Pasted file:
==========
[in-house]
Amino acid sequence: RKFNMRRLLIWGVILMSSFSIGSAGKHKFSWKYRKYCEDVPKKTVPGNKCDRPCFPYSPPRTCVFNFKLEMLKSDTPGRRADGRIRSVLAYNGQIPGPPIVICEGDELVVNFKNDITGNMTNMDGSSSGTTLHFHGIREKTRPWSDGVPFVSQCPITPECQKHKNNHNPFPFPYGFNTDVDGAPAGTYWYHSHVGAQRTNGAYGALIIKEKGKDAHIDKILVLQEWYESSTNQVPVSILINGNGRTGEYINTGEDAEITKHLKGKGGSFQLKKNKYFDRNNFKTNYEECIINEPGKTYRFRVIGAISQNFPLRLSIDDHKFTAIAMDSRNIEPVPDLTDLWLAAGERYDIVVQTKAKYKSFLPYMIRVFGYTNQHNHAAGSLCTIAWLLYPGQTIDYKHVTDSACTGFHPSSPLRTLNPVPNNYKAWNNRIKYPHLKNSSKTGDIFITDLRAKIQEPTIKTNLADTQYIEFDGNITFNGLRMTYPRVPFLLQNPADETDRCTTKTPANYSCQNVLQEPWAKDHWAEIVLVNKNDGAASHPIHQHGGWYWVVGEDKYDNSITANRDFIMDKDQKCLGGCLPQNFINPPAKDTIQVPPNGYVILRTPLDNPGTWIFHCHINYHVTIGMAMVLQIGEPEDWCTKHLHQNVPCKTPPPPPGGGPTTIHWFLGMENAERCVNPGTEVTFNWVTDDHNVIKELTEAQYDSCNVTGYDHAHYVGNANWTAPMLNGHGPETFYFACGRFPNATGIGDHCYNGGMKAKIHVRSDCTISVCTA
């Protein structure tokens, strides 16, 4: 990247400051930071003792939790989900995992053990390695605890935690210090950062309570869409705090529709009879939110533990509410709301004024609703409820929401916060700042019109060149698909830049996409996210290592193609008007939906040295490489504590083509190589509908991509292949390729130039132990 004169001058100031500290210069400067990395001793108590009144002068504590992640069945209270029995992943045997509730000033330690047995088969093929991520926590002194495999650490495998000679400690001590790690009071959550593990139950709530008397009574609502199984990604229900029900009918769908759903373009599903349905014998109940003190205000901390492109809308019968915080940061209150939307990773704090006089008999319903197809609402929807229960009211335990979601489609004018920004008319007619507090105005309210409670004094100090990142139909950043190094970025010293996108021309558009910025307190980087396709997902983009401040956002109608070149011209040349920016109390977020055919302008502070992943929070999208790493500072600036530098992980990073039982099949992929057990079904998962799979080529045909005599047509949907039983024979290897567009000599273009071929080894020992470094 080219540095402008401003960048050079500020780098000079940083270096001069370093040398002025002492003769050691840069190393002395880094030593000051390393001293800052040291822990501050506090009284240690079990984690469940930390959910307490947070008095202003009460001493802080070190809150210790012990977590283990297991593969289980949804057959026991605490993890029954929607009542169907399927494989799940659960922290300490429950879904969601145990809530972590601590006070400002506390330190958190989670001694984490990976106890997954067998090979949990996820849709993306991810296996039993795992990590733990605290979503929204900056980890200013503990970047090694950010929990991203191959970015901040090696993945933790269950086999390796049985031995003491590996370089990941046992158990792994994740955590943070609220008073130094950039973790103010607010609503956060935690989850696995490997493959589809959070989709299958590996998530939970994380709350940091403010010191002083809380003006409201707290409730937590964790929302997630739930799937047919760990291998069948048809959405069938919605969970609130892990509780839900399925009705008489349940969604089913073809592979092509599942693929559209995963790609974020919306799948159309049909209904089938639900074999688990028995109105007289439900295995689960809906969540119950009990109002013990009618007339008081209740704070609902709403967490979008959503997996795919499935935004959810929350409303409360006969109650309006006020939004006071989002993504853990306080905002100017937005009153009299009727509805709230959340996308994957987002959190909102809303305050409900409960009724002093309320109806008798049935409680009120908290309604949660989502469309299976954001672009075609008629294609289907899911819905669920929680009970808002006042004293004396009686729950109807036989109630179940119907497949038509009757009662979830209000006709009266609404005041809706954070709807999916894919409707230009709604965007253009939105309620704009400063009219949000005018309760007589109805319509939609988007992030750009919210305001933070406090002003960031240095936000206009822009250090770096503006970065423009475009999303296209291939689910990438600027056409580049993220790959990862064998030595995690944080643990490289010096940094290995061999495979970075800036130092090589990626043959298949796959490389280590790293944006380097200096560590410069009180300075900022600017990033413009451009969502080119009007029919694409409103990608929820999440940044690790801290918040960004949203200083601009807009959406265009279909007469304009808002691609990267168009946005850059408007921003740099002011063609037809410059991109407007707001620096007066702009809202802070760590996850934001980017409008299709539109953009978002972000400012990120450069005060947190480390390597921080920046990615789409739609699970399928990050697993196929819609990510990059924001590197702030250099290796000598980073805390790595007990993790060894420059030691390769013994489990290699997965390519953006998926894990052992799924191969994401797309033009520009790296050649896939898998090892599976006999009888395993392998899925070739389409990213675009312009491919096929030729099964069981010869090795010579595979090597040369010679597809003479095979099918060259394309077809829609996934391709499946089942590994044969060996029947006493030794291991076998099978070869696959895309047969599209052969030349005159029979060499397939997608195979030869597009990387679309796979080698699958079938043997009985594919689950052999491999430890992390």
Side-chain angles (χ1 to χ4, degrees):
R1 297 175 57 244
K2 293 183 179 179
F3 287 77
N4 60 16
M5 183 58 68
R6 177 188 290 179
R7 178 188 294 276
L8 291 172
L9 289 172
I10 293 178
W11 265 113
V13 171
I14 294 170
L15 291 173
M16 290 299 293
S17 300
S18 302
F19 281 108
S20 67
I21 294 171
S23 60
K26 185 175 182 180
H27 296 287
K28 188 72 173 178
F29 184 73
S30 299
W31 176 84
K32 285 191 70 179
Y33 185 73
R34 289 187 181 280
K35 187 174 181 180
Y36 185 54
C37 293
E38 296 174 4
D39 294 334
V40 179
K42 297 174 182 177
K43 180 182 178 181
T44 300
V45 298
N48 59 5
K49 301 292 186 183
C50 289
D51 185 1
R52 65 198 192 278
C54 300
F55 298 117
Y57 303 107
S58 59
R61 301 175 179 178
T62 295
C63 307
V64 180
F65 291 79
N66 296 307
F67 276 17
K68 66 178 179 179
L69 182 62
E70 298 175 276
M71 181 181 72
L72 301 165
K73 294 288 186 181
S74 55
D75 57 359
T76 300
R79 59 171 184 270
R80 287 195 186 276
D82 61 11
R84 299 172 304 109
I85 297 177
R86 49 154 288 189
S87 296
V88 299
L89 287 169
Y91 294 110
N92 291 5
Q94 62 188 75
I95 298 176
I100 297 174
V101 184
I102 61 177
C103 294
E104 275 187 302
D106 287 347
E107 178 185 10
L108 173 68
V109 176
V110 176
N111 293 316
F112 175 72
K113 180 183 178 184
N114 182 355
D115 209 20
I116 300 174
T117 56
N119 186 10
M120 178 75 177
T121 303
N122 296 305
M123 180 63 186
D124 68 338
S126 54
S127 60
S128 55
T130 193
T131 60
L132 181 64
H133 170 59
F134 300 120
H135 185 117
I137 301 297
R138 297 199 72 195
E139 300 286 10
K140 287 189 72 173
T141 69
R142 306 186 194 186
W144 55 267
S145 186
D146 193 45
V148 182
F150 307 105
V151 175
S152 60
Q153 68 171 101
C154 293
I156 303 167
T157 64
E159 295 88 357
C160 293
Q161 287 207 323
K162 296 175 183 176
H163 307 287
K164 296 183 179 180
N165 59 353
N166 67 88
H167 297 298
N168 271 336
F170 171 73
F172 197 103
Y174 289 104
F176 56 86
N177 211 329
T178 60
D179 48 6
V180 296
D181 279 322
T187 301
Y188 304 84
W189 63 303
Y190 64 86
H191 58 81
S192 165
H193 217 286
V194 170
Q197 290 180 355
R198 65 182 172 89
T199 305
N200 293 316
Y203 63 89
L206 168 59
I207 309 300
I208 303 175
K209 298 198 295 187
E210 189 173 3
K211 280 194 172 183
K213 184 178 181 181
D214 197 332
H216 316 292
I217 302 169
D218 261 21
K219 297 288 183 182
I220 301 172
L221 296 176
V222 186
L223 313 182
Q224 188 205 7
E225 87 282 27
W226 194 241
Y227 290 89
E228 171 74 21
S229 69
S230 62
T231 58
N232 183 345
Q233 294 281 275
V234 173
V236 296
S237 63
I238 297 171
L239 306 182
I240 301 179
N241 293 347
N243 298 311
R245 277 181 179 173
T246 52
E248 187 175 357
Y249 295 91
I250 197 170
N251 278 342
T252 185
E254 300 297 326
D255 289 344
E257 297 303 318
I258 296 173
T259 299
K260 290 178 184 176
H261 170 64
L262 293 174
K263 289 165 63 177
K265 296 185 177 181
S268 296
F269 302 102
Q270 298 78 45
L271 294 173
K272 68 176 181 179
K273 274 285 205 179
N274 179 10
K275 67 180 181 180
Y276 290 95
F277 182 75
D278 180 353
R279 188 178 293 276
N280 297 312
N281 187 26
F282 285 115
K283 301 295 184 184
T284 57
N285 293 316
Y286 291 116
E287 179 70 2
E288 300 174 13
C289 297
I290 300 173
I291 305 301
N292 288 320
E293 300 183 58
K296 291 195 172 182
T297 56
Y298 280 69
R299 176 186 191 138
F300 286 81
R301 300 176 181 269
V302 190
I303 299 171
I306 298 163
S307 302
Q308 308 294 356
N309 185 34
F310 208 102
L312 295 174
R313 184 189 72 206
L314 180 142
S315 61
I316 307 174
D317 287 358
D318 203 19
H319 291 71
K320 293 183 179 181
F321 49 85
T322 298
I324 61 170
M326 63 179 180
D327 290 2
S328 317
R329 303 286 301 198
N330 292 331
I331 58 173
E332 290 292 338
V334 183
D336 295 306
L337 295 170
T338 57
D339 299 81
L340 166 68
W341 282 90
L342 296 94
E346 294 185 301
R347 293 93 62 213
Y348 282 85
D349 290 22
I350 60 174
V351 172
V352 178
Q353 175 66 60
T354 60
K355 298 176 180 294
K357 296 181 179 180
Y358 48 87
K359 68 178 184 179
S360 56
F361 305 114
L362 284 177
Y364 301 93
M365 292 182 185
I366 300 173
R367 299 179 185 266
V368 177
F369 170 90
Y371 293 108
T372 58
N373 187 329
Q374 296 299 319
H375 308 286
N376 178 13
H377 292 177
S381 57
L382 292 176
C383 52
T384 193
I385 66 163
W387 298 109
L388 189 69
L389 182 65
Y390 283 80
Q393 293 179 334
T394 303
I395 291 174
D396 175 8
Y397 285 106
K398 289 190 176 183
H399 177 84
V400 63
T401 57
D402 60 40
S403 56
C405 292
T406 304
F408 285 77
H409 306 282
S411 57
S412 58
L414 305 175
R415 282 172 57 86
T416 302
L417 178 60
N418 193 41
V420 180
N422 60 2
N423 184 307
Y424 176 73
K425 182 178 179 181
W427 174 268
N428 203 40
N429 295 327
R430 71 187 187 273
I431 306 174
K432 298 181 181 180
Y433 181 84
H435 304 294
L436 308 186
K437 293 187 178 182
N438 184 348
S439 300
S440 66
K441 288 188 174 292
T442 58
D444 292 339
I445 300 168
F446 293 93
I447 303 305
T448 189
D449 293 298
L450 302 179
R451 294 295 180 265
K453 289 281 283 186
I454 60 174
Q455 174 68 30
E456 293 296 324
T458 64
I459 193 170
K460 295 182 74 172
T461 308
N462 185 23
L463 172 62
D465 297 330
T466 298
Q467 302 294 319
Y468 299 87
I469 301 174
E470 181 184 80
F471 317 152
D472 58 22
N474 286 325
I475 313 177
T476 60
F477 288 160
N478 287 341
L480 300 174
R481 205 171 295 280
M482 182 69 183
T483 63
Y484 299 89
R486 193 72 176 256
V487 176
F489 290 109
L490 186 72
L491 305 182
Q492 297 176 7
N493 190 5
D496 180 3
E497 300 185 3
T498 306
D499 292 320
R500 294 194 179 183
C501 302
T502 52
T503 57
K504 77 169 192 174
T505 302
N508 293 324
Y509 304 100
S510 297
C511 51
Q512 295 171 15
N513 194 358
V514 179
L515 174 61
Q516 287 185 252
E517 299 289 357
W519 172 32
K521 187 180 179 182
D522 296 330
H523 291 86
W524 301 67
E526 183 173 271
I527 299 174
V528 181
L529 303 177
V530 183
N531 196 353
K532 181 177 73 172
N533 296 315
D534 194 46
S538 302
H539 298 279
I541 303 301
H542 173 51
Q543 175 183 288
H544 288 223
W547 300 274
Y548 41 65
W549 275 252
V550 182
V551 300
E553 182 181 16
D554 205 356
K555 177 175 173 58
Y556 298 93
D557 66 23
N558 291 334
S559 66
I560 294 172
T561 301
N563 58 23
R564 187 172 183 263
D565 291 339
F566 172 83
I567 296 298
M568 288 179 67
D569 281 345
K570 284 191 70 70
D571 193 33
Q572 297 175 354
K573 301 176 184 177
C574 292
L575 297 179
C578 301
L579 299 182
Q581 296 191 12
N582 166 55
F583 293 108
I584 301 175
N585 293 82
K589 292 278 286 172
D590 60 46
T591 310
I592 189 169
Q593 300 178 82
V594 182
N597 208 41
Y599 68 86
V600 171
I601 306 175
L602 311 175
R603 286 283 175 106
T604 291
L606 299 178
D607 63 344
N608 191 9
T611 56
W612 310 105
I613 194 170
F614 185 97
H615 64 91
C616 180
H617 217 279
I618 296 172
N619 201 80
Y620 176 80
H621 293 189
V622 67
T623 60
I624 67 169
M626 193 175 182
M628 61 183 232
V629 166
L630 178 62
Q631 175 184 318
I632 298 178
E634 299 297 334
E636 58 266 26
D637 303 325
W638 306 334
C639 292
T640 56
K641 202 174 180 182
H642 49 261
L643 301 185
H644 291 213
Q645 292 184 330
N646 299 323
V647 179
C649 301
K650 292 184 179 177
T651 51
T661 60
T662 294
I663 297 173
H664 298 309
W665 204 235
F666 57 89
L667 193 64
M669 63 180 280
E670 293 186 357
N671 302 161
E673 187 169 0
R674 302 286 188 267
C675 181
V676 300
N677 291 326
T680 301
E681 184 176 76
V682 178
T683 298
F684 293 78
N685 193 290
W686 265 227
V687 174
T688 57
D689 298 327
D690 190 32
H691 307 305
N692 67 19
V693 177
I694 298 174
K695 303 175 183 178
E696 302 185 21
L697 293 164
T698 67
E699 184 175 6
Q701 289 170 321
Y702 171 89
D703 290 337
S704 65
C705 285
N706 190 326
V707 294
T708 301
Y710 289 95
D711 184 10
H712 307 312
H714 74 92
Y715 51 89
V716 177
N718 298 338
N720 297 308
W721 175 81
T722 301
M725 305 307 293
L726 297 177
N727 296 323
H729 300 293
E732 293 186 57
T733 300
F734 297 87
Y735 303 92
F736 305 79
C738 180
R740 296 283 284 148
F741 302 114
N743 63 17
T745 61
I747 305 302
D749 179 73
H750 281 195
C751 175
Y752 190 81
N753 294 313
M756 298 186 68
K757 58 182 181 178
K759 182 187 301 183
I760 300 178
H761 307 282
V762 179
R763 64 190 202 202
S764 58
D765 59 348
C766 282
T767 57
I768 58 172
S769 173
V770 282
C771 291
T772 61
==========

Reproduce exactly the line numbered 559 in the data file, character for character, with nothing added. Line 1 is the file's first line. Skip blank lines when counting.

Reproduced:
I694 298 174